iOS 11 Update from Apple Doesn’t Come with Pleasant Surprises
With the new software update from Apple, not everybody was thrilled about its useful and major upgrades (especially for iPads).
Those who own iPhone 5, iPhone 5C and forth generation iPads are going to be eliminated from the new update. You can expect as much from Apple and the older versions, so it is time for the newer generation to come forth and enjoy the upgrades and improvements like 2012’s iPhone 5, 2013’s iPhone 5C and 2012’s iPad fourth generation.
Even though we have been introduced to newer iPhones and other devices, not everybody could afford to pass from their old generation, so there are still millions of users out there that still use these devices and will be let down seeing their support coming to an end.
The reason for the end support for iPhone 5 and 5C and forth generation iPad is that they have 32-bit processors (A6 chip) while the future is the 64-bit processor but the iOS 11 will have this logic go with all the 32-bit apps from Apple store.
Another “bad news” is that Apple won’t let users with newer versions of iPhones, iPod Touch or iPads to use them when they are restoring the devices. For example, if you have an iPhone 7 and it still uses the 32-bit app, if the device will restore, upgrade or replace in the near future, the app will just go missing. The progress comes with costs, so in case you are affected, the ones you should condemn would be the lazy app developers and not Apple.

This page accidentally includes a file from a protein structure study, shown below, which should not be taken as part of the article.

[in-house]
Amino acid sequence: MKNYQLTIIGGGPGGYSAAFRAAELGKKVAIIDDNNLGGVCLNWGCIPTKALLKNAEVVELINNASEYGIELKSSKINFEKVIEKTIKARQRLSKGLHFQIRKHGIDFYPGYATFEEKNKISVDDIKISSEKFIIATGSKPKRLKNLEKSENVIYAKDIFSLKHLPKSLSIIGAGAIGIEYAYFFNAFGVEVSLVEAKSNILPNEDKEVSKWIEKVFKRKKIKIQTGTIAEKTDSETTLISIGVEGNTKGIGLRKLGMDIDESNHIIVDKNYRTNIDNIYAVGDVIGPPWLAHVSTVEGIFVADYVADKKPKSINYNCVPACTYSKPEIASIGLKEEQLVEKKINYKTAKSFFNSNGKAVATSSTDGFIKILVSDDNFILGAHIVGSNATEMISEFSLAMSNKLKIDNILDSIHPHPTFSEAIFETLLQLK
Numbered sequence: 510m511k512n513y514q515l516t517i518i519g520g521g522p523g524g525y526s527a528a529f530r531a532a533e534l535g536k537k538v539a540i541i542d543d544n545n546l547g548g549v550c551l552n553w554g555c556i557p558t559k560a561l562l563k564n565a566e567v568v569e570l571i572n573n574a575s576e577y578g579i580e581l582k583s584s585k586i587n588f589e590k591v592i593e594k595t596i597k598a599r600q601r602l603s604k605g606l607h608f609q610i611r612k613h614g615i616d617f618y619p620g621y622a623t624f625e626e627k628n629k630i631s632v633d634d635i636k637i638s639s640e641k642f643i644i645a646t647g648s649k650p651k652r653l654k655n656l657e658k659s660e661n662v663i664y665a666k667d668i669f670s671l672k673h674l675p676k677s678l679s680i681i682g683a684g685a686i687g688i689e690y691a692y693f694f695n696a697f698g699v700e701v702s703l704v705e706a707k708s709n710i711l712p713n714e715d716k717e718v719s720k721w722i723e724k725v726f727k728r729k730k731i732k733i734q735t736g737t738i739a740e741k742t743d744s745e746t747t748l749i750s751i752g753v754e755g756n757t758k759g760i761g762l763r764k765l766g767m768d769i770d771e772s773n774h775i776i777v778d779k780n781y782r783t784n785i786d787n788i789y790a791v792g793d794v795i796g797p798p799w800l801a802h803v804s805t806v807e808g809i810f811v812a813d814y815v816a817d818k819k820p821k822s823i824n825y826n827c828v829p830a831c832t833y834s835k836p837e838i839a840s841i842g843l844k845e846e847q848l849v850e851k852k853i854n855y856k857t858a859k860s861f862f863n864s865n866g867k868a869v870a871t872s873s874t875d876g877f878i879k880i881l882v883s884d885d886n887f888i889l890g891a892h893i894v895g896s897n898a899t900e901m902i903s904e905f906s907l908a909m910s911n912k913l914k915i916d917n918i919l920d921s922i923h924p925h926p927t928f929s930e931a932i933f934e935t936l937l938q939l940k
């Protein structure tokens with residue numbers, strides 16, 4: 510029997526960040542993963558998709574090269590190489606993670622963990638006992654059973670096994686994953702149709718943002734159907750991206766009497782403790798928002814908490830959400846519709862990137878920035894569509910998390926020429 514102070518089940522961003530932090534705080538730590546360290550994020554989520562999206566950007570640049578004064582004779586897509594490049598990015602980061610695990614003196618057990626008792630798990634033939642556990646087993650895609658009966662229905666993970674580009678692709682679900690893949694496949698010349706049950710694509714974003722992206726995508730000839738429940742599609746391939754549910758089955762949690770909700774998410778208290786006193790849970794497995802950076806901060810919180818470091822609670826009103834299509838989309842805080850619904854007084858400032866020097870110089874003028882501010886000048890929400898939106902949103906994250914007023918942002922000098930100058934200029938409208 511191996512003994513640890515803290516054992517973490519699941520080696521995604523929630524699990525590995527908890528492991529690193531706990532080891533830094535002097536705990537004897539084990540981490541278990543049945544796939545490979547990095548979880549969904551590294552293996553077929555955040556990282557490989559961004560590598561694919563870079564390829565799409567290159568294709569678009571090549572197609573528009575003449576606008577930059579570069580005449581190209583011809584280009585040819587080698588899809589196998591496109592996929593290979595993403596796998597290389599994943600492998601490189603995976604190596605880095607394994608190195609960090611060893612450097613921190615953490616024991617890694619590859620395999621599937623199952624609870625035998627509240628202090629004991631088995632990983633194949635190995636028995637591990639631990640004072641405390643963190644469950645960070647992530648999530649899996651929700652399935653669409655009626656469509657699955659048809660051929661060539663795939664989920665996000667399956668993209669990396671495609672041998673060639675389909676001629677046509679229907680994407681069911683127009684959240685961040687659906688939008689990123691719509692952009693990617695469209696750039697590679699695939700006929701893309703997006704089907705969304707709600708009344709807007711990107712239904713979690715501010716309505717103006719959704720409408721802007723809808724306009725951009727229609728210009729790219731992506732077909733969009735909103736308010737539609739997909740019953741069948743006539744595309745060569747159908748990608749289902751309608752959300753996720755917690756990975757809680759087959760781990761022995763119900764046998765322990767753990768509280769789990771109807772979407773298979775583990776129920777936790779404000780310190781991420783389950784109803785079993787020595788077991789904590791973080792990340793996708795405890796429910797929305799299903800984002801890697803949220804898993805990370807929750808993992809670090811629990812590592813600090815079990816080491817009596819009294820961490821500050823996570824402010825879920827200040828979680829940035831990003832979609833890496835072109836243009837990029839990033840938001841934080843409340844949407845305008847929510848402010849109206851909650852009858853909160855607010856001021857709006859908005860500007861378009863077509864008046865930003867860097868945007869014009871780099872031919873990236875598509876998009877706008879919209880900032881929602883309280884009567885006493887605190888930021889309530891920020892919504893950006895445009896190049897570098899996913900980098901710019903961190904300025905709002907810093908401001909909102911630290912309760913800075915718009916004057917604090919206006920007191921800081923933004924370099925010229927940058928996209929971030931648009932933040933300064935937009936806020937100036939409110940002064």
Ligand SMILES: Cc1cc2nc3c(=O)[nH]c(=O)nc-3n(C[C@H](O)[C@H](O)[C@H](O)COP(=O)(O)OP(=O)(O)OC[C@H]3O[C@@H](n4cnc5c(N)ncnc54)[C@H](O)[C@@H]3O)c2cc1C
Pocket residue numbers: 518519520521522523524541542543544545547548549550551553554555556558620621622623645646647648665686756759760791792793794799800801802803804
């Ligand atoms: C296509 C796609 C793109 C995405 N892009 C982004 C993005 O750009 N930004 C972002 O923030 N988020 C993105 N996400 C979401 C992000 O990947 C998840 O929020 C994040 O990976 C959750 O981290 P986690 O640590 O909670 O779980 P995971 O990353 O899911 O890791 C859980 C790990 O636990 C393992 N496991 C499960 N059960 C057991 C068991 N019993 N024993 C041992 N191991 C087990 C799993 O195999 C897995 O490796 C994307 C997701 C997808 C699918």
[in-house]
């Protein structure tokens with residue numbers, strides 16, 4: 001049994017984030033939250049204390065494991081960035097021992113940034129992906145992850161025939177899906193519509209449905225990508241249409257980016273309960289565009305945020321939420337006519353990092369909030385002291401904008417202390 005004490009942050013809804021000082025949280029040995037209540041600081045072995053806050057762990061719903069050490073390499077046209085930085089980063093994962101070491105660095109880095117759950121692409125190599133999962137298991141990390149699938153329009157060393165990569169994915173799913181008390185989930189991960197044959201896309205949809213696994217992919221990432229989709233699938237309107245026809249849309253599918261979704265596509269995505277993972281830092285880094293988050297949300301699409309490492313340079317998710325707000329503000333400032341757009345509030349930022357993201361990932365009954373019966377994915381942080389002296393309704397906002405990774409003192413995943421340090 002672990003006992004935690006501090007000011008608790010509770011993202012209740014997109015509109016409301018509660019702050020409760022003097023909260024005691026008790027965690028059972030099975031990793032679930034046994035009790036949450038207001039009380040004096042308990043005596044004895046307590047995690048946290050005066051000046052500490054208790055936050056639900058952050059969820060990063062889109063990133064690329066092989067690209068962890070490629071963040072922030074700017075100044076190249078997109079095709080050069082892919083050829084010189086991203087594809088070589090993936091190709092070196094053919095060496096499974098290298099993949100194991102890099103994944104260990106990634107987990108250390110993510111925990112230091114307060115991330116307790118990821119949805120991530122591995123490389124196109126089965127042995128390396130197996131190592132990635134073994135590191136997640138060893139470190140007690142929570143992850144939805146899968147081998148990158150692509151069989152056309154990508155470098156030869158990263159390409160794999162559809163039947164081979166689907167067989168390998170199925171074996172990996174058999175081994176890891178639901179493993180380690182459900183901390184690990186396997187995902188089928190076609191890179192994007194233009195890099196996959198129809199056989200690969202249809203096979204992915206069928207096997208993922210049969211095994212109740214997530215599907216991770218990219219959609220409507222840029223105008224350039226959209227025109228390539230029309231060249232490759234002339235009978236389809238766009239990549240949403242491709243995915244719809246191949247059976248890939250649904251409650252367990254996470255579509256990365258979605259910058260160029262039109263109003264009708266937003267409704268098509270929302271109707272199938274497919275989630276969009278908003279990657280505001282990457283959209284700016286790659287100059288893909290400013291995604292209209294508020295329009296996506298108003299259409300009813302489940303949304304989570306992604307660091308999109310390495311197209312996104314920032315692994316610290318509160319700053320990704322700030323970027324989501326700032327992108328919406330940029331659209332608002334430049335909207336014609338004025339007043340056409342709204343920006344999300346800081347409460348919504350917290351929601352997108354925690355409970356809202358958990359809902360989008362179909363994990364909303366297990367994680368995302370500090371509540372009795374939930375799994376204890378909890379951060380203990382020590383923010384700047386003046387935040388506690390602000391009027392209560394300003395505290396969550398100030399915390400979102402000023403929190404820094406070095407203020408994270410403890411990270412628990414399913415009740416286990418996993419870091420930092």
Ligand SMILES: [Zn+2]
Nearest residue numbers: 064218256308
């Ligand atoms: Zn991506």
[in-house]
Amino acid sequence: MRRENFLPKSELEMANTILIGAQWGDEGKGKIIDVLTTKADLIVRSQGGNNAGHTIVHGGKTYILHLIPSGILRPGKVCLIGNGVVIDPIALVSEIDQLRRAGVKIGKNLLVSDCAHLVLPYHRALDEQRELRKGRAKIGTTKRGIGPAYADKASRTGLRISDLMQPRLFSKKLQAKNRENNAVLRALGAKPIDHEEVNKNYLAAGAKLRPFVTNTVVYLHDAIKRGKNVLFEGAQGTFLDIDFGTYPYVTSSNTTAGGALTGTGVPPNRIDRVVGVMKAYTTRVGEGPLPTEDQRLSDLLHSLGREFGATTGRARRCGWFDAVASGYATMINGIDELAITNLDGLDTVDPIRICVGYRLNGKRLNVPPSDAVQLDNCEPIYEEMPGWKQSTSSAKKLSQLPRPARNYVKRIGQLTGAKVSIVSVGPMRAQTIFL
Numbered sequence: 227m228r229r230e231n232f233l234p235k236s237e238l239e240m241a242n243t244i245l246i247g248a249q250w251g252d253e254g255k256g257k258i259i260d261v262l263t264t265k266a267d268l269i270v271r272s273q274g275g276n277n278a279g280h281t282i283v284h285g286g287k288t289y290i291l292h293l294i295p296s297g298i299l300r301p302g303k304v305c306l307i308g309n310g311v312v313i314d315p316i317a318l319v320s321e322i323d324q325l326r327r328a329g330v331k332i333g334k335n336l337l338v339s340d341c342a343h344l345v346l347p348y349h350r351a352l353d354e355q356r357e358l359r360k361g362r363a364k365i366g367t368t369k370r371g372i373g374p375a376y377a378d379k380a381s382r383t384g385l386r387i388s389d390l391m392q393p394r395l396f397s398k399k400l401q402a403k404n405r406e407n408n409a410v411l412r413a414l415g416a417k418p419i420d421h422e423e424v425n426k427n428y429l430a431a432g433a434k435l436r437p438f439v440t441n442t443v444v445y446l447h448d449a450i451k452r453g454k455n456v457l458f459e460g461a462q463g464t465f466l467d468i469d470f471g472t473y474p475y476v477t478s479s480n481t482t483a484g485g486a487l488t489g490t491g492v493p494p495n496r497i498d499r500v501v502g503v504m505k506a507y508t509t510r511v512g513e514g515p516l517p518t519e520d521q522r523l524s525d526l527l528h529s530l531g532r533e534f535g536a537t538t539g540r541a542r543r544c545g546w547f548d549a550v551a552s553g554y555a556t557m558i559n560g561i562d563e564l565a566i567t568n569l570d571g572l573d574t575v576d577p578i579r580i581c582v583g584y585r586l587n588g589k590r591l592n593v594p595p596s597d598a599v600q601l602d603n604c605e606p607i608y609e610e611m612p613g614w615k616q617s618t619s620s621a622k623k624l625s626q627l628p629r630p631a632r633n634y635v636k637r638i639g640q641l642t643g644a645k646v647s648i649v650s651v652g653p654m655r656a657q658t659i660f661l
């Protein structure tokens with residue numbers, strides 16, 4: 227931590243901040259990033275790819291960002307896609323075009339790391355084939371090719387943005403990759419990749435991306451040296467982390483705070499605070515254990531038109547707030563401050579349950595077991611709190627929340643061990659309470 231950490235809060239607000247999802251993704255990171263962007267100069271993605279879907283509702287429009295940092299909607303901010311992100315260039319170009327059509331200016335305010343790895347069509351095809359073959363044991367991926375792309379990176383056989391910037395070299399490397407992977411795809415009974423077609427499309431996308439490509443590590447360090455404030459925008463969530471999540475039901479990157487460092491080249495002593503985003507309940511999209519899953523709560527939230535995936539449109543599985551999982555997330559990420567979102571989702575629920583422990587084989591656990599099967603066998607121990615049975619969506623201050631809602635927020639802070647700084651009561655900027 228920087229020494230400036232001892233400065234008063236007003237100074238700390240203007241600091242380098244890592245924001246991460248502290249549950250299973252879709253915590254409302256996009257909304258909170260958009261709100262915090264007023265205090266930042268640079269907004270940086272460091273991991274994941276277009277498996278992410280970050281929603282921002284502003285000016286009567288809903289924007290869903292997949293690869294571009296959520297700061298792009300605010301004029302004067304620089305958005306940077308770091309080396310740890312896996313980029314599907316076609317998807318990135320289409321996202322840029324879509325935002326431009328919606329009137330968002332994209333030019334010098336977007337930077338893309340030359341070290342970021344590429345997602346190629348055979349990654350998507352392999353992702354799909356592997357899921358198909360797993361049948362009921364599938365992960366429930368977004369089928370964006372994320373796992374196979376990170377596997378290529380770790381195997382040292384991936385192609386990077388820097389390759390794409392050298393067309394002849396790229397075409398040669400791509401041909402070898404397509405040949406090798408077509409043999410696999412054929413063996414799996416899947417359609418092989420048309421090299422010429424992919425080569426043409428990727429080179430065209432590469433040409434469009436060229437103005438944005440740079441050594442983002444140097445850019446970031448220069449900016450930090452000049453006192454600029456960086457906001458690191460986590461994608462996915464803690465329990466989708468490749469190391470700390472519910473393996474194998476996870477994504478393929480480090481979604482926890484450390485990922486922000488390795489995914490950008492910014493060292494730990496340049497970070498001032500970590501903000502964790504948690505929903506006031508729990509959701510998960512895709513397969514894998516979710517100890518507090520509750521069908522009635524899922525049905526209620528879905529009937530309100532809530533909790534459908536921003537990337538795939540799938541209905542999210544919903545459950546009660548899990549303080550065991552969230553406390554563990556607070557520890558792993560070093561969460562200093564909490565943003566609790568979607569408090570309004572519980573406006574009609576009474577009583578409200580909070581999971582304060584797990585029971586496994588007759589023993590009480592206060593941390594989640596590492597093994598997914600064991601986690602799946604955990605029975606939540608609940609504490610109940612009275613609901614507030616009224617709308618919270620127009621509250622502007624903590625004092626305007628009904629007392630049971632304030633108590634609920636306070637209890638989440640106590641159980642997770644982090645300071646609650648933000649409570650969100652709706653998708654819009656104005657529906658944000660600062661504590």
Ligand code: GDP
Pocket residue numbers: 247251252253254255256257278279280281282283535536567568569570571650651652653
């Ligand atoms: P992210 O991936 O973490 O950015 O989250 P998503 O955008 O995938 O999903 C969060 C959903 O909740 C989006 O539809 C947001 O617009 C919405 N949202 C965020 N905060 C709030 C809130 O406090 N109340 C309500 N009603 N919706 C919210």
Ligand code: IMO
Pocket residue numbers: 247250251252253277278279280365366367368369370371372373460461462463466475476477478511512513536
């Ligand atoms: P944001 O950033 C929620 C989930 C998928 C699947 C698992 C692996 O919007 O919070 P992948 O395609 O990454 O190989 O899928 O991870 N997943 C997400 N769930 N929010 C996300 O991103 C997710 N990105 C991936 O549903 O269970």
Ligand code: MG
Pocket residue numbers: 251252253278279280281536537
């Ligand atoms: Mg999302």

Another big punch is that users will be no longer allowed to log into third-party apps using only the social media accounts. Even though this has become really popular over the years, if you use, for example Facebook to login WhatsApp, OpenTable, Spotify or others, this will be forbidden once the update takes place.
Considering the integration of the social media with iOS: Twitter since 2011 with iOS 5, Facebook in 2012 with iOS6, Flicker and Vimeo in 2013 with iOS 7, it is rather frustrating, even for Apple. From now on, we need to start and log in through a web browser and then be redirected to the third party.
Will Apple make it up with the iOS 11 update to the users after this fiasco that was produced? Maybe something like an Apple password manager based on ID? For now, the successful company remains quiet and doesn’t comment.
We do hope that at some point, some answers will be made known before the three months iOS 11’s full release and that Apple will justify the removal of the social media log ins.